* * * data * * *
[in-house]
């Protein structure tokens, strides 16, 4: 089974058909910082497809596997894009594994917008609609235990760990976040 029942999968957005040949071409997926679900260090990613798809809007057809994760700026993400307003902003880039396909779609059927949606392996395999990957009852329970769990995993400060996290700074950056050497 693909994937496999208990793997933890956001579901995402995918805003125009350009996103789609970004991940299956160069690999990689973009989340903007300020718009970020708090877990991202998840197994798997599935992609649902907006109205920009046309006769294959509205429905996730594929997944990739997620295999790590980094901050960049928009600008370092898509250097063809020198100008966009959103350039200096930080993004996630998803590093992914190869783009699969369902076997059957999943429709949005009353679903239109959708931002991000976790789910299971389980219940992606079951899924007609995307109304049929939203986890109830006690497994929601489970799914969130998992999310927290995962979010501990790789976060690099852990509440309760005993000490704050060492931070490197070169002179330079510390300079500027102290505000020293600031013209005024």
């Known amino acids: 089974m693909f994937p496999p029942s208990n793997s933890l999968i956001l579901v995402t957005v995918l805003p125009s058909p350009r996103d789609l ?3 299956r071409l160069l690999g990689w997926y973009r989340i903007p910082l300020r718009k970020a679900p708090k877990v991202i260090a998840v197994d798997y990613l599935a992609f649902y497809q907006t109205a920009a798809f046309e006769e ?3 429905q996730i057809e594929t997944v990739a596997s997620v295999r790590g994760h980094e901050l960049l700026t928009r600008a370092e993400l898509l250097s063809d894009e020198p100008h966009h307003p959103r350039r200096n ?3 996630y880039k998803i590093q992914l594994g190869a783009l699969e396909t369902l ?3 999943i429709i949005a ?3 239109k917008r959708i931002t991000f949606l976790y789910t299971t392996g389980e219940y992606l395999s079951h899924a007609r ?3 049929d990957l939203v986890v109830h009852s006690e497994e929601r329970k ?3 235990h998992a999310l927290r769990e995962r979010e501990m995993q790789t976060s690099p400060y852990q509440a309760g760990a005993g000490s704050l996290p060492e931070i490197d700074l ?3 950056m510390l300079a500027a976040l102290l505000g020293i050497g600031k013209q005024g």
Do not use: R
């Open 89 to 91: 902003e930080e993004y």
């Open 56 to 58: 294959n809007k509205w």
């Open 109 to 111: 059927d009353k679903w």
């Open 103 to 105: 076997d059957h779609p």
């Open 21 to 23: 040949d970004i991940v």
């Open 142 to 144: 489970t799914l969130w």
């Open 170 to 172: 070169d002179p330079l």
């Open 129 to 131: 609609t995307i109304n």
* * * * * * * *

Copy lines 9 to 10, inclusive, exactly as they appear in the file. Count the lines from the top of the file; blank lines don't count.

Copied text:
């Open 21 to 23: 040949d970004i991940v």
């Open 142 to 144: 489970t799914l969130w």